"E1" is technically a pay grade, associated with the lowest enlisted rank in each of the armed services. In the army, it's "Private". In other services, it may be different. For instance, in the navy, it's "Seaman Recruit."
Manning held the rank of specialist--equivalent in pay (E4) to a corporal, but with no supervisory responsibility.
desmondo — 2013-08-23T15:33:14-04:00 — #11
I don't know Xeni's intentions, but I got no implied critique of the military from that post. It seems like one way to have that information for google to find is to post it on a website like boingboing. I appreciated it, and am glad to easily have the address to use, plus the information that it should probably include Chelsea Manning's legal name. Sure there are probably other sources of this information, but is there a problem with having it posted at boingboing as well, given Xeni's coverage of the whole thing?
slauson — 2013-08-23T15:43:33-04:00 — #12
You can find anybody's details with a little internet research, but posting those details on a popular site and calling for people to send mail feels like stepping over the line, even if your intent is support and positivity. I wouldn't want it for myself, anyway.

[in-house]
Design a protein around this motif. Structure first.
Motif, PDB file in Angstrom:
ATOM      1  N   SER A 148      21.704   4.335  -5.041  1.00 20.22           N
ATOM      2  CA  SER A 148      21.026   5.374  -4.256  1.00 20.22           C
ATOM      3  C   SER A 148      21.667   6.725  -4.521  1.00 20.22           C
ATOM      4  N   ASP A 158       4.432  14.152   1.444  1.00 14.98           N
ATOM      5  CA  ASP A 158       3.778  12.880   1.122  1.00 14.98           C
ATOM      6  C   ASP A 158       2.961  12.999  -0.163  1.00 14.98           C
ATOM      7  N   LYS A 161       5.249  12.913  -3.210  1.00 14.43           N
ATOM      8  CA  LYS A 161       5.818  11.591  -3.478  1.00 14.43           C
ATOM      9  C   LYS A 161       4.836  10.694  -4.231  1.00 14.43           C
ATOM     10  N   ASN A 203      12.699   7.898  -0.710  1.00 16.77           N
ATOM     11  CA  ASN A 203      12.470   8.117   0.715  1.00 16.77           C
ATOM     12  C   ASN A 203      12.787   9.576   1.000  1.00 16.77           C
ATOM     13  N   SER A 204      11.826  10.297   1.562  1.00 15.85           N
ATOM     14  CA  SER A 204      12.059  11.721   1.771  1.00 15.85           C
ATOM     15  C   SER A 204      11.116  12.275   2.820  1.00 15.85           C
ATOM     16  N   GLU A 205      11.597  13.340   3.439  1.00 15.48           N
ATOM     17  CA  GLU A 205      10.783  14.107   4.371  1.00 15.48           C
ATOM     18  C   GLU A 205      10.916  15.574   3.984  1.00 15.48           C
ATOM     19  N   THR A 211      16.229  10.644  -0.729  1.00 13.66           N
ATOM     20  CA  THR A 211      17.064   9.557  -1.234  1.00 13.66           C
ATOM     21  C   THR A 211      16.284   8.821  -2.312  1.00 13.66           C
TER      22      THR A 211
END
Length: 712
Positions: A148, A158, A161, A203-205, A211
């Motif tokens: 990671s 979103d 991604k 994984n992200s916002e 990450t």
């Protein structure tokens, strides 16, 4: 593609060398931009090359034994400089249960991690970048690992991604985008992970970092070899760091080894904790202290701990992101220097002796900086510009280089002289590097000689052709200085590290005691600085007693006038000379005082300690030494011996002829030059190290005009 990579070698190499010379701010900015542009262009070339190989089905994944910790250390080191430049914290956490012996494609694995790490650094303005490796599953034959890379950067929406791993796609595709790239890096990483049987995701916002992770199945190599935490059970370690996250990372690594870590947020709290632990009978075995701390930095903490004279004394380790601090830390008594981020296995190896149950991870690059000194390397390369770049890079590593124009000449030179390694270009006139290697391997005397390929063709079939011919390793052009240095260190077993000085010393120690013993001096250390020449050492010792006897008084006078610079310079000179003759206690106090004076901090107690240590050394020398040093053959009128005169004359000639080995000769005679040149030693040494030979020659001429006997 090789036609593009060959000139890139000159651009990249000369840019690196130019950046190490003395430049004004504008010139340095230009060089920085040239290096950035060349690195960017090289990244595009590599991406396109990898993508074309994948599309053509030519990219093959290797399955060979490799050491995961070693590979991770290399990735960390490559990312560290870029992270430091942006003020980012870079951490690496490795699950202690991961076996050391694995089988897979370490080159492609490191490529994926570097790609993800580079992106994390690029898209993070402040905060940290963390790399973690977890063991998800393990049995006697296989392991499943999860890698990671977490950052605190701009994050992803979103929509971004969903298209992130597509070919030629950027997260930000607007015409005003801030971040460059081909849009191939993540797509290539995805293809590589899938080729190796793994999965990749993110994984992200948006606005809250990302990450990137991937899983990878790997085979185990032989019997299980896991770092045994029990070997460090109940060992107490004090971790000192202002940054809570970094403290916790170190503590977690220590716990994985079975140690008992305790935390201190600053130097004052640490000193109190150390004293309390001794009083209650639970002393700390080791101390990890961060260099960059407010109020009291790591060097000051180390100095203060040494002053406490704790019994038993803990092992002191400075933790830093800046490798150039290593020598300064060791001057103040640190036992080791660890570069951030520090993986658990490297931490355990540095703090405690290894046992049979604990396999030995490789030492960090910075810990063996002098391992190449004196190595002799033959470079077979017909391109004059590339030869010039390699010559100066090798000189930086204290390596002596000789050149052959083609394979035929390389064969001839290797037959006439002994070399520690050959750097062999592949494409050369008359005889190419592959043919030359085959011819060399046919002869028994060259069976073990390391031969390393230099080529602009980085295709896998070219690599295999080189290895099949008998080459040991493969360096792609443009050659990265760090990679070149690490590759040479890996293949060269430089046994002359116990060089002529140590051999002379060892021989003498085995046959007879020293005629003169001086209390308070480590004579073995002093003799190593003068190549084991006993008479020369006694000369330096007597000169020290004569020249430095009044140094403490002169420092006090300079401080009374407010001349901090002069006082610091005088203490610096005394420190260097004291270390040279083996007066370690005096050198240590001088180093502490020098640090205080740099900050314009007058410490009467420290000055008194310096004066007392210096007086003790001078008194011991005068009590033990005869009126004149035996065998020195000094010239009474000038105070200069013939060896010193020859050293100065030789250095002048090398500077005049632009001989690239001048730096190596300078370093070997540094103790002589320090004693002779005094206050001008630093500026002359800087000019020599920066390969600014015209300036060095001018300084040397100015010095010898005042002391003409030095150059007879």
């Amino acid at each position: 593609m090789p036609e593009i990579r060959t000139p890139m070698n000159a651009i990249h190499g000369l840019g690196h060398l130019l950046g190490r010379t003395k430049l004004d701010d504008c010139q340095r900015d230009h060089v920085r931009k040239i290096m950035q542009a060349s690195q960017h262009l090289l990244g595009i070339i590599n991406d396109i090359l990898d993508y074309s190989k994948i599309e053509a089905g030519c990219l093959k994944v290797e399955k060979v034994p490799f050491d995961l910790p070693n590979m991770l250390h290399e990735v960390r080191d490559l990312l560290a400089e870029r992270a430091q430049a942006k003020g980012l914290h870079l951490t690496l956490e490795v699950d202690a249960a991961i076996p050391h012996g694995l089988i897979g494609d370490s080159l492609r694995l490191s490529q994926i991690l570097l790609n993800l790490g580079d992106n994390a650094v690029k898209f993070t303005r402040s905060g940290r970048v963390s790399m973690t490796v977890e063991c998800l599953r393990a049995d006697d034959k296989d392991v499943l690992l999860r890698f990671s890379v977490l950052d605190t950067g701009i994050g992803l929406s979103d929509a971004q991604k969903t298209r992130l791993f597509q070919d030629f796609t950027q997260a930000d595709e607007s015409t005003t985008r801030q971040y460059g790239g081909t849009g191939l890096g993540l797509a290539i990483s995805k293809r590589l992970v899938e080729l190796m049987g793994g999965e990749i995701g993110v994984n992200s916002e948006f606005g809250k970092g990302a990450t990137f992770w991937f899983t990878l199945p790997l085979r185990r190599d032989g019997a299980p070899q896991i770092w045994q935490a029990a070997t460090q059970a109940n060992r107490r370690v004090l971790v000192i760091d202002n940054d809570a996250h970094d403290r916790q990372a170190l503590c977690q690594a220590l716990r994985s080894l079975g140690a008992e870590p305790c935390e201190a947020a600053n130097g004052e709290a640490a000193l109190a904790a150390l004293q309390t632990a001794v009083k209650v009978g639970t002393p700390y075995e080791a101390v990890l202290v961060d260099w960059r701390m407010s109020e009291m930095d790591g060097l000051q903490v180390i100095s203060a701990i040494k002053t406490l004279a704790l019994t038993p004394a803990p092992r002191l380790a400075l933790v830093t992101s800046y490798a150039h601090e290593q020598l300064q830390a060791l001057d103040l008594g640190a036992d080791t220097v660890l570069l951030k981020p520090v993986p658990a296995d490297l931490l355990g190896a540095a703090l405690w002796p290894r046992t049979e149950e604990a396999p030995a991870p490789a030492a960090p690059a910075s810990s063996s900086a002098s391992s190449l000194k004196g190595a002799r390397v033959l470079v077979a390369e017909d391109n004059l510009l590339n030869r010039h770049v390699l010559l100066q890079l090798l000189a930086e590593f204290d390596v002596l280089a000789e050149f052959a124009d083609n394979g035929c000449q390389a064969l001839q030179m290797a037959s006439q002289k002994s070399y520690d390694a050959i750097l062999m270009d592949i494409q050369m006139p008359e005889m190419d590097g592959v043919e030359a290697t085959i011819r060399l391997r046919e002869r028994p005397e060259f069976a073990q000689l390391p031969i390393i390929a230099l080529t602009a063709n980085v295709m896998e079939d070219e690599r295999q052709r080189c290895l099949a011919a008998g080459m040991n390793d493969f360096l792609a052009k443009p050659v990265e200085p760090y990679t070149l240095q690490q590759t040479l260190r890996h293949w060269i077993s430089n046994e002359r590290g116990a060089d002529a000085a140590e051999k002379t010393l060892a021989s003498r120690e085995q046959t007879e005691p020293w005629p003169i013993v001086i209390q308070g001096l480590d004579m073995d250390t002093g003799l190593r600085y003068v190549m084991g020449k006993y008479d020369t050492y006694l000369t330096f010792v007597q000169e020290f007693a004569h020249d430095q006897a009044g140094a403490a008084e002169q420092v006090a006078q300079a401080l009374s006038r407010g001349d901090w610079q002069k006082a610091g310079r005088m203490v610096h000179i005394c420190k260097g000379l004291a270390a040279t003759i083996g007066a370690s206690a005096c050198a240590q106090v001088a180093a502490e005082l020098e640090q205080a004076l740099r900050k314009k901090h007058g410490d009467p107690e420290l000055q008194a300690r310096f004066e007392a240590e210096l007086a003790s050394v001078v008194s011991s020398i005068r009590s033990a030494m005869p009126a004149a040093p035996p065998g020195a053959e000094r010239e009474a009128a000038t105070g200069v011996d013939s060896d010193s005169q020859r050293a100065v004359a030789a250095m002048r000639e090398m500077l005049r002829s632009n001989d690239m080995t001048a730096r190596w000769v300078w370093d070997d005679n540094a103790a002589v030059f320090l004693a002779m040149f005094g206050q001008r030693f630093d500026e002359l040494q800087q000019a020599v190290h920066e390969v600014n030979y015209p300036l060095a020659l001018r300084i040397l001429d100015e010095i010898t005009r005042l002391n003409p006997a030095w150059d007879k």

I also think it's naive to underestimate the number of bigots who would seize on this as an opportunity to give Manning a hard time. Obviously Xeni and Boing Boing are supporters and that is not their intent, but I guarantee this will bring in hate mail and death threats from ignorant hateful people.
knitasha — 2013-08-23T15:51:55-04:00 — #13
I'll also admit that my first thought was to the number of people who would send negative mail, but I guess this just means I should send something positive to do a small part in balancing it out (or, better yet, overriding the negative altogether).
elusis — 2013-08-23T16:49:24-04:00 — #14
This seems to really bother you.
oldsma — 2013-08-23T17:03:32-04:00 — #15
In her statement, Manning said she looks forward to corresponding with people. It seems like you'd need the correct address to do that. They'll bounce back mail that isn't addressed just right.
boundegar — 2013-08-23T17:44:25-04:00 — #16
Doxxing? What do you think we're going to do, send her 100 Papa Johns? Once you're incarcerated, your address is pretty much a matter of public record. It's called Habeas Corpus.
michael_r_smith — 2013-08-23T21:38:53-04:00 — #17
Somebody should try Chelsea Manning c/o Bradley Manning...
donald_petersen — 2013-08-23T21:58:19-04:00 — #18
ignatius — 2013-08-23T22:20:53-04:00 — #19
To everyone grousing about BoingBoing publicizing Chelsea's mailing address, it's fairly much tradition for supporters of political prisoners or the wrongfully imprisoned to give out mailing addresses. People in prison have limited contact to the outside world and it's nice to hear from supporters.
If you have nice things to say to Chelsea and are going to use her correct pronouns inside the letter, please do. As oldsma mentioned, she did say she'd like correspondence.
It's often that way for civilian prisons too. People who write CeCe McDonald letters have to use the name the prison has her down for.
phasmafelis — 2013-08-23T23:37:23-04:00 — #20
You are just determined to be offended about a plain statement of fact.